Putin will ‘lose’ Ukraine war, Trudeau says, as Canada ups aid funding

Click to play video: 'Trudeau commits more aid, meets with Ukrainian refugees in Poland'
Trudeau commits more aid, meets with Ukrainian refugees in Poland
WATCH: Prime Minister Justin Trudeau has met with some of the many Ukrainian refugees now in Poland. Abigail Bimman looks at what Polish President Andrzej Duda is worried about, how Trudeau is pledging to help refugees, and the criticism he's facing – Mar 10, 2022

Vladimir Putin will “lose” in his war against Ukraine, Justin Trudeau said Thursday as Canada chipped in more funding for humanitarian efforts in the conflict.

The Canadian prime minister took aim at the Russian president at a news conference in Warsaw alongside Polish President Andrzej Duda. It was the final stop of his week-long trip in Europe where he met with allies to discuss Russia’s invasion of Ukraine.

“Vladimir Putin has made a terrible mistake, and he’s going to lose this war,” Trudeau said.

“He’s going to lose this war because the ferocity, strength and resolve of the Ukrainian people defending their territory is inspiring us all, and because our resolve as friends and allies … cannot allow Vladimir Putin to be successful.”

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While at the podium, Trudeau announced Canada is providing an additional $117 million to support special immigration measures for Ukrainians trying to come to Canada.

Since the full-scale war began on Feb. 24, more than two million people have fled Ukraine, according to the UN, and more than half of them went to Poland.

Ottawa is also increasing its donation amount to the Canadian Red Cross’ Ukraine Humanitarian Crisis Appeal, and is promising to match up to $30-million worth of donations. The government originally promised to match up to $10 million, Trudeau said.

“We will continue to be there and we deplore all the further threats that Russia continues to make,” Trudeau said.

“But Putin needs to know that the consequences for his actions already will be severe, and further escalations by him … (are) going to be met with the severest of responses both globally and individually on him.”

Canadian Prime Minister Justin Trudeau talks to journalists during a joint press conference with Poland’s President Andrzej Duda at Belwelder Palace in Warsaw on March 10. Czarek Sokolowski/AP

Throughout his trip, Trudeau has made several announcements including a $50-million aid shipment to Ukrainian forces, the extension of Canada’s military mission in Latvia and sanctions on 10 more individuals with close ties to Putin.

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The war, which entered its third week on Thursday, shows no sign of ending soon as talks at the highest level yet failed to produce any breakthroughs earlier in the day.

Ukraine’s Foreign Minister Dmytro Kuleba met with his Russian counterpart Sergey Lavrov in Turkey, but said he had secured no promise from him to halt firing so aid could reach civilians, including Kyiv’s main humanitarian priority — evacuating hundreds of thousands of people trapped in the besieged port city of Mariupol.

Meanwhile, at his own news conference, Lavrov showed no sign of making any concessions, repeating Russian demands that Ukraine be disarmed and accept neutral status.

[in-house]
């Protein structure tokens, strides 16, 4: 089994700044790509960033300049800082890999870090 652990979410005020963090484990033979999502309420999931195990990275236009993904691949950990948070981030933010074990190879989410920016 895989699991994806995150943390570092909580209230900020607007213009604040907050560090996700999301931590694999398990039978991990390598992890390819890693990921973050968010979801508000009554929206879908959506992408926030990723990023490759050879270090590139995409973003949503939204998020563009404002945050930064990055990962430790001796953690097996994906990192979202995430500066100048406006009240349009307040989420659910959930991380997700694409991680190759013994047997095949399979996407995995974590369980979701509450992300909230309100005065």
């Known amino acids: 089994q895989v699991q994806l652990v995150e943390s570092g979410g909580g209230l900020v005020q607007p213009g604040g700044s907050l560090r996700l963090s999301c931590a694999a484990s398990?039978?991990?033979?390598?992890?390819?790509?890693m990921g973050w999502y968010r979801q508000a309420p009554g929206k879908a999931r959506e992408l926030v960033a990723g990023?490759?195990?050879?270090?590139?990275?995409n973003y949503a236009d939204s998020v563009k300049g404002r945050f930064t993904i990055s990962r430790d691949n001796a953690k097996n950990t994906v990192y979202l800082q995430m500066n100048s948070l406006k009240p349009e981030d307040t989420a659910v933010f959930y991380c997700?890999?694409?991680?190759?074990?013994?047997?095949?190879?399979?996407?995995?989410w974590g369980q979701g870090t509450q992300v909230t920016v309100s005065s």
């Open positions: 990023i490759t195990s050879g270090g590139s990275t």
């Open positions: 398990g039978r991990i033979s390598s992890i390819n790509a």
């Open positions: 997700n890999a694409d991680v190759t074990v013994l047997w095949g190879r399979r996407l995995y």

Aid agencies report humanitarian aid is most urgently needed in Mariupol, where 400,000 people have been trapped for more than a week with no food, water or power.

Smoke rises after shelling in Mariupol, Ukraine on March 9. Evgeniy Maloletka/AP

The city council said the port had been bombed again on Thursday morning, a day after Moscow launched an airstrike at what Ukraine called a functioning maternity hospital there.

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Lavrov said the building was no longer used as a hospital and had been occupied by Ukrainian forces. The Kremlin did not initially repeat that denial and said the incident was being investigated.

The airstrike drew widespread condemnation on Thursday, with Ukrainian and British officials branding it a war crime. Three people were killed, and 17 were wounded.

U.S. Vice President Kamala Harris, who was also in Poland and met with Trudeau later in the day, expressed anger at the attack but stopped short of directly accusing Russia of committing war crimes in the conflict.

“Absolutely there should be an investigation, and we should all be watching,” Harris said.

Russia calls its invasion of Ukraine a “special operation” that it says is not designed to occupy territory, but to destroy its southern neighbour’s military capabilities and capture what it regards as dangerous nationalists.

Kyiv and its Western allies have said this is a baseless pretext to invade a country of 44 million people to topple its government, which Putin regards as a puppet of the United States.

In the weeks leading up to the war, Moscow built up roughly 150,000 troops near the border, and continuously denied western accusations it was planning an invasion of Ukraine.

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Click to play video: 'Mariupol maternity and children’s hospital bombed as Russia ramps up assault'
Mariupol maternity and children’s hospital bombed as Russia ramps up assault

But the war hasn’t gone as planned for Russia, which was hoping for a quick victory. Instead, Moscow has been met with fierce resistance from Ukrainian forces.

Furthermore, the West has collaborated and has issued crushing sanctions on Russia to punish it for its invasion. The allies have promised to do more if Russia continues its war, but have stopped short of directly being involved militarily in the conflict, instead upping weapons shipments to Ukraine.

— with files from The Canadian Press, Reuters and The Associated Press

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